responsible for demand management and there are 8 possible demands states:
1.Negative demand – consumers dislike a product
2.Nonexistent demand – consumers are unaware or uninterested in a product
3.Latent demand – consumers may have a strong need for a product but cannot be satisfied by existing
products
4.Declining demand – consumers buy less frequently
5.Irregular demand – consumers purchase seasonally, monthly etc
6.Full demand – consumers are adequately buying the product
7.Overfull demand – more consumers want the product than supply can meet
8.Unwholesome demand – consumers are attracted to products that have undesirable social
consequences
In each case, the marketer needs to understand the demand state and the underlying cause and
determine a plan of action to shift demand to a more desired state.
Markets
In marketing terms, a market is used to describe the various groupings of customers. Categories of
markets include: Product market, demographic market, needs market etc.
Key customer markets

○ Consumer – selling to the masses

○ Business – selling to business

○ Global – selling in the global marketplace

○ Non-profit and government – selling to churches, universities etc


New consumer capabilities (as a result of the digital revolution):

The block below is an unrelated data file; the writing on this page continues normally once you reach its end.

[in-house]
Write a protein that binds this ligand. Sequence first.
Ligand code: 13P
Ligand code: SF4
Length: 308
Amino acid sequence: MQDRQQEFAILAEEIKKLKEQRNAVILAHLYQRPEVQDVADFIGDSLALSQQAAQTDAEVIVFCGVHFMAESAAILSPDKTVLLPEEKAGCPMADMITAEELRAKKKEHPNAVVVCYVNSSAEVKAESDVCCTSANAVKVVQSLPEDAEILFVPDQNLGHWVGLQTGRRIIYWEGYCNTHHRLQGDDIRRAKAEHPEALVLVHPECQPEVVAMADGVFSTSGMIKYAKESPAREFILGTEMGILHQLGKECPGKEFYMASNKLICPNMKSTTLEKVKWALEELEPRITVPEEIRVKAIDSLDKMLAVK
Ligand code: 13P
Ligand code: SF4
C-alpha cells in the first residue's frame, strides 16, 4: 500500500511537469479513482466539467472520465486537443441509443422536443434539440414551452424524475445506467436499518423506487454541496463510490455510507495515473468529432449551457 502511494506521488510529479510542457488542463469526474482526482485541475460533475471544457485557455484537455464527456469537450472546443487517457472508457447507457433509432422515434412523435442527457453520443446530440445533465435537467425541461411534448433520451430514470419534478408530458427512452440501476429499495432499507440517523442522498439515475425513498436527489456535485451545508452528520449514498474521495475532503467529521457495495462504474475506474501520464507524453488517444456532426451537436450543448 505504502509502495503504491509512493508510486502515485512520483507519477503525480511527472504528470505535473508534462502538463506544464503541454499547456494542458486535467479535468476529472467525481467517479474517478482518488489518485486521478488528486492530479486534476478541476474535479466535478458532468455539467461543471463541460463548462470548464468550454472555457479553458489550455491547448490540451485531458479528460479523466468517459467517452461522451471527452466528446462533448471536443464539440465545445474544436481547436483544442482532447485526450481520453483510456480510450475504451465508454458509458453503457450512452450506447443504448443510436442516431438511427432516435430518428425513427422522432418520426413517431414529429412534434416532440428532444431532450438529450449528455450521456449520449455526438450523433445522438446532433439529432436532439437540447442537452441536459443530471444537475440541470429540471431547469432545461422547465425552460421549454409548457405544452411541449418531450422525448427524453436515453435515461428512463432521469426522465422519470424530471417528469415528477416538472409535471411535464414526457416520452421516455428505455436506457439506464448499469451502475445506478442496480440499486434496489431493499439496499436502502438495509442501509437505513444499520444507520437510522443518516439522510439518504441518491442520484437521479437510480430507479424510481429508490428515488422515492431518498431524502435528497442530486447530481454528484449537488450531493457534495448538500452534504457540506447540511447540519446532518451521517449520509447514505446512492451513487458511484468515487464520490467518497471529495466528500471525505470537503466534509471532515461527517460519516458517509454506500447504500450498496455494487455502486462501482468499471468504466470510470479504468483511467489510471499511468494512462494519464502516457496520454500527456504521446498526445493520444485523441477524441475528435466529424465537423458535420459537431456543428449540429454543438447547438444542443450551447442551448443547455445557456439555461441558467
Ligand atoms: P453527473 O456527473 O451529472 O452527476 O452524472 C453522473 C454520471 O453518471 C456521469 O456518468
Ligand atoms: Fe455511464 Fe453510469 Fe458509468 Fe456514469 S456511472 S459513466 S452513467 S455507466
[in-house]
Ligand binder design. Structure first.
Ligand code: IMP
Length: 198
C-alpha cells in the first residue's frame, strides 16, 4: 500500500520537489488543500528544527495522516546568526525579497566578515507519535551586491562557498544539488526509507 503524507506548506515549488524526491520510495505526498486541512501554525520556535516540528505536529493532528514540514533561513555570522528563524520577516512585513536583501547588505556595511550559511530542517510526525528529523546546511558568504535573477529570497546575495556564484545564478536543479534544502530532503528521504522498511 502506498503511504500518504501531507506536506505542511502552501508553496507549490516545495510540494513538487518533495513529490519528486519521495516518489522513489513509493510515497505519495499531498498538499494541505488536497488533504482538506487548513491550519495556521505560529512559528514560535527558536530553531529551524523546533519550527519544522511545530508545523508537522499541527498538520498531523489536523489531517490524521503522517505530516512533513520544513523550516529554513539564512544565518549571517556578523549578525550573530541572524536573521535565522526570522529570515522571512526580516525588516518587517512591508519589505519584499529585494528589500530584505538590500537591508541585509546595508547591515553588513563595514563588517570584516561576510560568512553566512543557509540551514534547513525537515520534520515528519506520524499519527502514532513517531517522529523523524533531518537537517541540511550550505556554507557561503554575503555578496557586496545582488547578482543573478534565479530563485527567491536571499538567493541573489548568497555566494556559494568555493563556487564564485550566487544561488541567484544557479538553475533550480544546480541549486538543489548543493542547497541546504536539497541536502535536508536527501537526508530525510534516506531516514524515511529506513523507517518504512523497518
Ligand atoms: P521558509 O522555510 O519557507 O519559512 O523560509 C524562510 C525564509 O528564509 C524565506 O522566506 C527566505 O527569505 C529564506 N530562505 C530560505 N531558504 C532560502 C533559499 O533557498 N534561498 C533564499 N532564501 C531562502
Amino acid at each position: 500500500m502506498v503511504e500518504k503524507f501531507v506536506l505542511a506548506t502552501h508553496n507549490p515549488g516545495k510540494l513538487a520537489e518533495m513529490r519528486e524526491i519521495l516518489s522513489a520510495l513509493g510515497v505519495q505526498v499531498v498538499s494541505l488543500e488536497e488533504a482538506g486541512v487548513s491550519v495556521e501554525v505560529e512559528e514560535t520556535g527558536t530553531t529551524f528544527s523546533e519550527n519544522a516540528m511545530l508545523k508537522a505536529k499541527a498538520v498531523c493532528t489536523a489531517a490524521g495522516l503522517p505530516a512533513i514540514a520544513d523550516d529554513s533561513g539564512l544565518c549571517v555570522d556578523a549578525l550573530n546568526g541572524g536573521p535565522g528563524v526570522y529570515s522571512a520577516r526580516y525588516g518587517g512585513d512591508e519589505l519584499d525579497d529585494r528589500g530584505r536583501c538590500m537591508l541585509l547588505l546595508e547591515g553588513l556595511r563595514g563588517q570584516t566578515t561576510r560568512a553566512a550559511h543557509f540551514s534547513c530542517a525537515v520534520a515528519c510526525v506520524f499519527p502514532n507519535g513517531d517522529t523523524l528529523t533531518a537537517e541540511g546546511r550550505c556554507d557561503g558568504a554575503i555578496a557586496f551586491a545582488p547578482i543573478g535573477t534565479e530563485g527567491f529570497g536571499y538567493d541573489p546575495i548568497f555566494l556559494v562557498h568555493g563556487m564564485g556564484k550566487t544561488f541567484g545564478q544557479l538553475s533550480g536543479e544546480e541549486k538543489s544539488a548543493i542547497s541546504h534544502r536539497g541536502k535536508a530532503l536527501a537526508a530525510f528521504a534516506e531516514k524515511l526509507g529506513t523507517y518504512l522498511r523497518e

– Substantial increase in buying power
– Greater variety of goods and services
– Great amount of information about practically anything
– Greater ease of interacting and placing and receiving orders
– An ability to compare notes on products and services
Today we differentiate themark etplace (physical) and themarketspac e (digital). There is also the
concept of themeta market: cluster of complementary products and services in the minds of a consumer
but spread across a diverse industry.
How business and marketing are changing
Changing technology – Has created an information age that promises to lead to more accurate levels
of production, more targeted communications and more relevant pricing.

Globalisation – Technological advances make it easier for marketing across countries.

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Deregulation – creates a greater competition and growth opportunities.

Privatisation – Increased efficiency of previously public companies.

Customer empowerment – Increased expectations of quality and service and some customization.
More information available and less brand loyalty

Customisation – Company is able to produce individually differentiated goods.

Heightened competition – Rising promotion costs and shrinking profit margins.

Industry convergence – Blurring industry boundaries create opportunities at the intersection of the two
industries.

Retail transformation

Disintermediation
Company orientation towards the marketplace:
There are 5 competing concepts under which organisations conduct marketing activities:
1.Production concept – states that consumers prefer products that are widely available and inexpensive.
Therefore focus on high production, low cost and mass distribution.
2.Product concept– Consumer favour quality, performance or innovation. Therefore focus on superior
products and constant improvement
3.Selling concept– consumers will not buy enough if left on their own. Therefore focus on aggressive
selling and promotion
4.Marketing concept– consumer-centred philosophy. Therefore focus on being more effective than
competitors in creating, delivering and communicating superior customer value